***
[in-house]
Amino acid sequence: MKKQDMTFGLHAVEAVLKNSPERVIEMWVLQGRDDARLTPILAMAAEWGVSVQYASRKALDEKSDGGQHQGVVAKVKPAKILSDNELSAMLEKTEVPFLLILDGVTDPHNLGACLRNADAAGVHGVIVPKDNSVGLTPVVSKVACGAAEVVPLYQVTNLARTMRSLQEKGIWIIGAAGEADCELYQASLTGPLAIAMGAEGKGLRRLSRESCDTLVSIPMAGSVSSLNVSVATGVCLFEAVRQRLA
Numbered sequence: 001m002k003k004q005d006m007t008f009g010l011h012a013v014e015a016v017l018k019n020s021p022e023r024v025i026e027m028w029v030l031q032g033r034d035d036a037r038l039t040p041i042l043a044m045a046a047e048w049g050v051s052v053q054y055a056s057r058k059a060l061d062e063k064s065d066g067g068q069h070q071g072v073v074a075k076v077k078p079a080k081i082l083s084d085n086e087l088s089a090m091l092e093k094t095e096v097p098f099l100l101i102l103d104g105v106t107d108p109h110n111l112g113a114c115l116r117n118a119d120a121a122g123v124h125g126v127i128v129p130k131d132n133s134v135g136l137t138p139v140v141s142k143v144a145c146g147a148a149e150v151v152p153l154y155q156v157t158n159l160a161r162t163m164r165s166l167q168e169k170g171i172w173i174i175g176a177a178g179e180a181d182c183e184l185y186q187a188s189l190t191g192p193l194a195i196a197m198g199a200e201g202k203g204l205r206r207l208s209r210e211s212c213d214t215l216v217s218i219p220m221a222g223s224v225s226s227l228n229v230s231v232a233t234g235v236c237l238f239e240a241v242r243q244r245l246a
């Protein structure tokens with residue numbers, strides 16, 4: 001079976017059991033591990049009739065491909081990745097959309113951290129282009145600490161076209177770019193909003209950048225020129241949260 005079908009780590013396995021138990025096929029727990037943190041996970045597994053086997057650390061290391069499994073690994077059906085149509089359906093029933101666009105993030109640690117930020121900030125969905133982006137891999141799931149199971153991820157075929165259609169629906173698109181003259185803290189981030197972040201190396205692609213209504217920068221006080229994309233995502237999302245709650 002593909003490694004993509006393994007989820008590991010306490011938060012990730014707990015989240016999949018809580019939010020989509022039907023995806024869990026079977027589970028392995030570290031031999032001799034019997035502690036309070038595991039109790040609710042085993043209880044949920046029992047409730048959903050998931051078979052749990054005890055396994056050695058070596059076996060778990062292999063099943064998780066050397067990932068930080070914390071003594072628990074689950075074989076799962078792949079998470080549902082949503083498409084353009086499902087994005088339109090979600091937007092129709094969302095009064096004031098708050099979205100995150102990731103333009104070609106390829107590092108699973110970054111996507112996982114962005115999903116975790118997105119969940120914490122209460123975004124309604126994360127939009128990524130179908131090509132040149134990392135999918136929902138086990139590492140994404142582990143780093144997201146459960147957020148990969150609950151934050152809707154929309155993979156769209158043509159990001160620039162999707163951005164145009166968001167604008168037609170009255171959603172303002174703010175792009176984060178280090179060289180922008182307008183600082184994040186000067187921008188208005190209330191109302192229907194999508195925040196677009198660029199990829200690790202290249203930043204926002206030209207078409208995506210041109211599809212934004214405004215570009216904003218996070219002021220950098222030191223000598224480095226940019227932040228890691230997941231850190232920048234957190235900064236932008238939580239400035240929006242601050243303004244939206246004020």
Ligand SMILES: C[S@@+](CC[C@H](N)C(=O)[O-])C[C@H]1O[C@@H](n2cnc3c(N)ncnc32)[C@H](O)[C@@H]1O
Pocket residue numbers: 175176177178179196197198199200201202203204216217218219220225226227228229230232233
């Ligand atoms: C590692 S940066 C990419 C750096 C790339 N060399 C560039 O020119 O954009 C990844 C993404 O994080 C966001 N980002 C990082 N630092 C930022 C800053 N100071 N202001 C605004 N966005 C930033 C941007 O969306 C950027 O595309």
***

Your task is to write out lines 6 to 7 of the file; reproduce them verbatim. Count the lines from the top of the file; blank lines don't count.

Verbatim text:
Pocket residue numbers: 175176177178179196197198199200201202203204216217218219220225226227228229230232233
């Ligand atoms: C590692 S940066 C990419 C750096 C790339 N060399 C560039 O020119 O954009 C990844 C993404 O994080 C966001 N980002 C990082 N630092 C930022 C800053 N100071 N202001 C605004 N966005 C930033 C941007 O969306 C950027 O595309």